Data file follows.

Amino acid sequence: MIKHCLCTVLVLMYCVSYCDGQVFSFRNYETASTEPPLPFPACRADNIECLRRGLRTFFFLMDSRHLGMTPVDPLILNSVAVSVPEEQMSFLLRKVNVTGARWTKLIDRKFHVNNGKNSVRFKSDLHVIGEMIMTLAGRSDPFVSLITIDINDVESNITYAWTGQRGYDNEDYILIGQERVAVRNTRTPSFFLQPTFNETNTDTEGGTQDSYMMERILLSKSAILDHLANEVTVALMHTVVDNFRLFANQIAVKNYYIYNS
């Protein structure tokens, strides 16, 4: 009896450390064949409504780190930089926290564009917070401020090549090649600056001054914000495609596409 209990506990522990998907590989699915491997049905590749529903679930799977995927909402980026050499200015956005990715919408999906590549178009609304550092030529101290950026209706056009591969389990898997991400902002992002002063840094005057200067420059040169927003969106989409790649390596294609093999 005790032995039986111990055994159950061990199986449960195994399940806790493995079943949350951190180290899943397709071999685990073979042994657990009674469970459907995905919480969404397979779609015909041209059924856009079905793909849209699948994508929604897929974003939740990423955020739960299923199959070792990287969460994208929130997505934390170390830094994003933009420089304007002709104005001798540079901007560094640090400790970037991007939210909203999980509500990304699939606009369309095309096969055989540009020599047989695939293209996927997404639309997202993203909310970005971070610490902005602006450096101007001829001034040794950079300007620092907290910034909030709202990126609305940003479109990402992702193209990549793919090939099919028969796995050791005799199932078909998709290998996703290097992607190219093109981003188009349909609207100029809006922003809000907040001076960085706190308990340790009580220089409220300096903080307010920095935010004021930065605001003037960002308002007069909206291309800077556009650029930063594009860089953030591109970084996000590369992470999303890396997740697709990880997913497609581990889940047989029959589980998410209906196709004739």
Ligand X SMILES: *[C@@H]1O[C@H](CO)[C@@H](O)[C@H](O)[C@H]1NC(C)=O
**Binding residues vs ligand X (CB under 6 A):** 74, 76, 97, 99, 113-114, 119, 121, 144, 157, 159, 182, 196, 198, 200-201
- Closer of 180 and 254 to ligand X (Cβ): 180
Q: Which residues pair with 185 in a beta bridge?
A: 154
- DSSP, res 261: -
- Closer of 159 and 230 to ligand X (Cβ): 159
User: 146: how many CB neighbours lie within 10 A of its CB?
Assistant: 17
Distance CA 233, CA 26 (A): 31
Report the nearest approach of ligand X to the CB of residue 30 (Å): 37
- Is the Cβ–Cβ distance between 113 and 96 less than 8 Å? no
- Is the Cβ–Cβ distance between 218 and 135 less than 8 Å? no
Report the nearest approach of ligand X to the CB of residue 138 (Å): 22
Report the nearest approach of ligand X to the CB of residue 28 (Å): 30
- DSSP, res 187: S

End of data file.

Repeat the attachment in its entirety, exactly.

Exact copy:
Amino acid sequence: MIKHCLCTVLVLMYCVSYCDGQVFSFRNYETASTEPPLPFPACRADNIECLRRGLRTFFFLMDSRHLGMTPVDPLILNSVAVSVPEEQMSFLLRKVNVTGARWTKLIDRKFHVNNGKNSVRFKSDLHVIGEMIMTLAGRSDPFVSLITIDINDVESNITYAWTGQRGYDNEDYILIGQERVAVRNTRTPSFFLQPTFNETNTDTEGGTQDSYMMERILLSKSAILDHLANEVTVALMHTVVDNFRLFANQIAVKNYYIYNS
């Protein structure tokens, strides 16, 4: 009896450390064949409504780190930089926290564009917070401020090549090649600056001054914000495609596409 209990506990522990998907590989699915491997049905590749529903679930799977995927909402980026050499200015956005990715919408999906590549178009609304550092030529101290950026209706056009591969389990898997991400902002992002002063840094005057200067420059040169927003969106989409790649390596294609093999 005790032995039986111990055994159950061990199986449960195994399940806790493995079943949350951190180290899943397709071999685990073979042994657990009674469970459907995905919480969404397979779609015909041209059924856009079905793909849209699948994508929604897929974003939740990423955020739960299923199959070792990287969460994208929130997505934390170390830094994003933009420089304007002709104005001798540079901007560094640090400790970037991007939210909203999980509500990304699939606009369309095309096969055989540009020599047989695939293209996927997404639309997202993203909310970005971070610490902005602006450096101007001829001034040794950079300007620092907290910034909030709202990126609305940003479109990402992702193209990549793919090939099919028969796995050791005799199932078909998709290998996703290097992607190219093109981003188009349909609207100029809006922003809000907040001076960085706190308990340790009580220089409220300096903080307010920095935010004021930065605001003037960002308002007069909206291309800077556009650029930063594009860089953030591109970084996000590369992470999303890396997740697709990880997913497609581990889940047989029959589980998410209906196709004739």
Ligand X SMILES: *[C@@H]1O[C@H](CO)[C@@H](O)[C@H](O)[C@H]1NC(C)=O
**Binding residues vs ligand X (CB under 6 A):** 74, 76, 97, 99, 113-114, 119, 121, 144, 157, 159, 182, 196, 198, 200-201
- Closer of 180 and 254 to ligand X (Cβ): 180
Q: Which residues pair with 185 in a beta bridge?
A: 154
- DSSP, res 261: -
- Closer of 159 and 230 to ligand X (Cβ): 159
User: 146: how many CB neighbours lie within 10 A of its CB?
Assistant: 17
Distance CA 233, CA 26 (A): 31
Report the nearest approach of ligand X to the CB of residue 30 (Å): 37
- Is the Cβ–Cβ distance between 113 and 96 less than 8 Å? no
- Is the Cβ–Cβ distance between 218 and 135 less than 8 Å? no
Report the nearest approach of ligand X to the CB of residue 138 (Å): 22
Report the nearest approach of ligand X to the CB of residue 28 (Å): 30
- DSSP, res 187: S